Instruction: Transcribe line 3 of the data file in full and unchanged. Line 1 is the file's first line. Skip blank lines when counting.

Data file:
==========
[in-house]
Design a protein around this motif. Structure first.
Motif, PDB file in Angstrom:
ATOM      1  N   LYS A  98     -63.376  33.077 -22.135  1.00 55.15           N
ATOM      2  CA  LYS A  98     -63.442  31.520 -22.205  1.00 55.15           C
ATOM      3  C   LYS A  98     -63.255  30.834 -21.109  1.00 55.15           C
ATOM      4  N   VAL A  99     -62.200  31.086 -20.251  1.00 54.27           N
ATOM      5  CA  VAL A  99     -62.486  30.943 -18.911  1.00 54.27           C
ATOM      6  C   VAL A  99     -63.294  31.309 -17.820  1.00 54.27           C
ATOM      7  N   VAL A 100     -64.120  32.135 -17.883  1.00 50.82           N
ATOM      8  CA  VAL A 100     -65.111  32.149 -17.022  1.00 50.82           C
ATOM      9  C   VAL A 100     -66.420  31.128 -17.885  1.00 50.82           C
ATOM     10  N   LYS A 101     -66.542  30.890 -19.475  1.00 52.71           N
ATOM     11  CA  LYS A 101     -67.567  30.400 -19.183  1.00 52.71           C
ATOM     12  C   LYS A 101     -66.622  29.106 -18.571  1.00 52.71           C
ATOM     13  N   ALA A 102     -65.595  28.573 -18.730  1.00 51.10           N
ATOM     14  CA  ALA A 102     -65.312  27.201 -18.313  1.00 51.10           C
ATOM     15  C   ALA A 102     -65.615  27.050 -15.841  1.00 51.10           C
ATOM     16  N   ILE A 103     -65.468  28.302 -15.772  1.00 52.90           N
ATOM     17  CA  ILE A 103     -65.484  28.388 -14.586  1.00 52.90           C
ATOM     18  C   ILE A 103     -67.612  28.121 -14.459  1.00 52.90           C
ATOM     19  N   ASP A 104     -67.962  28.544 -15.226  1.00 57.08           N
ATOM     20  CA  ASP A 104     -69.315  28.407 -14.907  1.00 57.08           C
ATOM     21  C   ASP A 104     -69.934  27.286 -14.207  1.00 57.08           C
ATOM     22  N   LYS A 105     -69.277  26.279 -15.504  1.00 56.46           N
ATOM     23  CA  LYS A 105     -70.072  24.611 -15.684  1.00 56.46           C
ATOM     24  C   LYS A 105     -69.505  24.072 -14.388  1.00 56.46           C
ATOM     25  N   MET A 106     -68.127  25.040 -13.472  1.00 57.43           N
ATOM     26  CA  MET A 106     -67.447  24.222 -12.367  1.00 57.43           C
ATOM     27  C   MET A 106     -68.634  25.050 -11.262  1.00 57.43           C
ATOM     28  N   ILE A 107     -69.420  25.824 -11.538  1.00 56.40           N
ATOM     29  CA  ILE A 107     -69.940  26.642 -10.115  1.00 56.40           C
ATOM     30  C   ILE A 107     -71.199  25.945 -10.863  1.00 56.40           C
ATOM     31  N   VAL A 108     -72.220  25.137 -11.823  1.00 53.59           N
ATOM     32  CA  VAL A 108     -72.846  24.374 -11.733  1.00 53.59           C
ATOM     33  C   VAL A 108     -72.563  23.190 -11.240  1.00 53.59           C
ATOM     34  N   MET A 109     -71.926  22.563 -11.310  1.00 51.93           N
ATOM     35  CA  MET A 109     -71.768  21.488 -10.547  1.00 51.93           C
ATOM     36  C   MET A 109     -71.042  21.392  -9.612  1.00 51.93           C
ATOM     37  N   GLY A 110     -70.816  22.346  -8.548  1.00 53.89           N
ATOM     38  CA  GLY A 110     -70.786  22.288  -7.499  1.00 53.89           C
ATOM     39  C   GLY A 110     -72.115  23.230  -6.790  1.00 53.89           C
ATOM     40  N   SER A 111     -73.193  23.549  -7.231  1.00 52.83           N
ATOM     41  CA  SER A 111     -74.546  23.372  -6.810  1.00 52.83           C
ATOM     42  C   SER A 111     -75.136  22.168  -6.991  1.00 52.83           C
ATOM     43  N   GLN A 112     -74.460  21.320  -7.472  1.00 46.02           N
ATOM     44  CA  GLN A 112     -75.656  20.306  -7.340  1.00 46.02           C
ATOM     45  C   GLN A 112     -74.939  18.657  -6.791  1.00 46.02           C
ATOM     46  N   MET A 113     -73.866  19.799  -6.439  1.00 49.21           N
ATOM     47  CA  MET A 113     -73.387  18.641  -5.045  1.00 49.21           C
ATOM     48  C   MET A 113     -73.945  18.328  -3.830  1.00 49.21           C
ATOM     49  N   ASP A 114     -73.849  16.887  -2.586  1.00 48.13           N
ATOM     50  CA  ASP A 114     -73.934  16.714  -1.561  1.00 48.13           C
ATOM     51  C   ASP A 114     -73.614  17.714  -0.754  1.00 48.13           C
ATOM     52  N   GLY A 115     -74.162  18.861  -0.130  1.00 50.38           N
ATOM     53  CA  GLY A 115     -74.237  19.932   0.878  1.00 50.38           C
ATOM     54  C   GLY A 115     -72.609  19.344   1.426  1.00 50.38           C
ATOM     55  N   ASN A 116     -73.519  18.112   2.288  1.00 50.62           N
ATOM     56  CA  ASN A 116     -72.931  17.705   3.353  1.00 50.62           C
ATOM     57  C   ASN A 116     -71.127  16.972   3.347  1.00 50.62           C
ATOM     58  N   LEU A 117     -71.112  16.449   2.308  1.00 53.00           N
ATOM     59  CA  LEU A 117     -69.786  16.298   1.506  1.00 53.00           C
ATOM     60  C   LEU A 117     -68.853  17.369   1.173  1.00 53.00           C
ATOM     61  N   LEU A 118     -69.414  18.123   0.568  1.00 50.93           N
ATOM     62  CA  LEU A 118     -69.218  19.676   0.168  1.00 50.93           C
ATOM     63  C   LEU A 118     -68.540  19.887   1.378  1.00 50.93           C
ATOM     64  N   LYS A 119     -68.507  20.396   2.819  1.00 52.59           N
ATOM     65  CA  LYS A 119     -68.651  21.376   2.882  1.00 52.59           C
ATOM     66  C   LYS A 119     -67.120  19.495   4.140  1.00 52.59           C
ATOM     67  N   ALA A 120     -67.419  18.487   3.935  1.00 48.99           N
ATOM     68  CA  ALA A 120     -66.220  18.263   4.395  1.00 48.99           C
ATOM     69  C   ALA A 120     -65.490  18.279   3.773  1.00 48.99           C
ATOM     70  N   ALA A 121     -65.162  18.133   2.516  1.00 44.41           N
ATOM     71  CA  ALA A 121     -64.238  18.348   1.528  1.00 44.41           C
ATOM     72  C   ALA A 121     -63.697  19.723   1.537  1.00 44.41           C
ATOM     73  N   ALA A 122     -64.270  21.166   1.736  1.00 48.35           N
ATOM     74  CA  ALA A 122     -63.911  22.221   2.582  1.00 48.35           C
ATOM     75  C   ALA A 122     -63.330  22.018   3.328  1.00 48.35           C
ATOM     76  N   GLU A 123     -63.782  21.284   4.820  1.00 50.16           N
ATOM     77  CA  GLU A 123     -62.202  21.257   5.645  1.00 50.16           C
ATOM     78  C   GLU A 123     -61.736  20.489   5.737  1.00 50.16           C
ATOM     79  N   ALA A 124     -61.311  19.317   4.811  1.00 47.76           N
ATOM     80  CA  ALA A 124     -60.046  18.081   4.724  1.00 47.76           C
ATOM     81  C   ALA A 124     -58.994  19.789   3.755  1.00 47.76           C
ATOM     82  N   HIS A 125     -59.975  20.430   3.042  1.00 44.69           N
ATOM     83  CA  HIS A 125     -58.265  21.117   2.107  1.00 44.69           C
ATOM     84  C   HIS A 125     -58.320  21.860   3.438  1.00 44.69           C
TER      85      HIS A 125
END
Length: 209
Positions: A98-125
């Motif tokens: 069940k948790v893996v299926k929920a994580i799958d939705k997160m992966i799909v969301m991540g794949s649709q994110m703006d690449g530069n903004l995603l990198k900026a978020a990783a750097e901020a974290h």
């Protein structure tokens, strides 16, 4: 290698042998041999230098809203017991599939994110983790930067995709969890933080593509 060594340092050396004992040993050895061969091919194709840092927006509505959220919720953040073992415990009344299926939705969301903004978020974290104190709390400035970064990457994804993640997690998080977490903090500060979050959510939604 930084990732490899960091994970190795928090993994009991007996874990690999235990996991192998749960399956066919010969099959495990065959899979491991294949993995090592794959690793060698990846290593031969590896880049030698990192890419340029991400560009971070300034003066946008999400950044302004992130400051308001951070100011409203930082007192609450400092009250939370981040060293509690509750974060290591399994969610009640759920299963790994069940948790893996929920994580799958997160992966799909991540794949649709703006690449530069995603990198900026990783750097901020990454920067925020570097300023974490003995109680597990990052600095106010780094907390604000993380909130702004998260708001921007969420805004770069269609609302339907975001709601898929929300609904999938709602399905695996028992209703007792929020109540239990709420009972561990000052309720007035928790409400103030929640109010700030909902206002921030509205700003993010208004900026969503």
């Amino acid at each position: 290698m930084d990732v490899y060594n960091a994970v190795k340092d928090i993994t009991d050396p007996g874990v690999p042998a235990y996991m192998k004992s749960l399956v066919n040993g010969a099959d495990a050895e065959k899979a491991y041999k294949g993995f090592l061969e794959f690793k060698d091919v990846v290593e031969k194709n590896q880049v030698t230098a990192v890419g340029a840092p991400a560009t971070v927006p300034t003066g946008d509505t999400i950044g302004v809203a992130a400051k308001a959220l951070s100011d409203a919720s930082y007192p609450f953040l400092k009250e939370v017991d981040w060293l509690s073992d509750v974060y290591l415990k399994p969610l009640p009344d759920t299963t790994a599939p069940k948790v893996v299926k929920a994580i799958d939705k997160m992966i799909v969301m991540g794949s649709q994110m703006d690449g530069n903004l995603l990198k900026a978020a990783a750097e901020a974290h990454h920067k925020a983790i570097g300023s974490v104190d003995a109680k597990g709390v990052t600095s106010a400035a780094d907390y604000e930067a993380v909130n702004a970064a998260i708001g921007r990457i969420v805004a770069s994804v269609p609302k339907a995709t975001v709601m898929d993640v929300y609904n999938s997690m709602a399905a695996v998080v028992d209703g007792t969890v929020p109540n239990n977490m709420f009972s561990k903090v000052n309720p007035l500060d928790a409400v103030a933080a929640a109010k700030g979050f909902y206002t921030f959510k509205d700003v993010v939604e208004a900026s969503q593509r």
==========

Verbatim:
Motif, PDB file in Angstrom: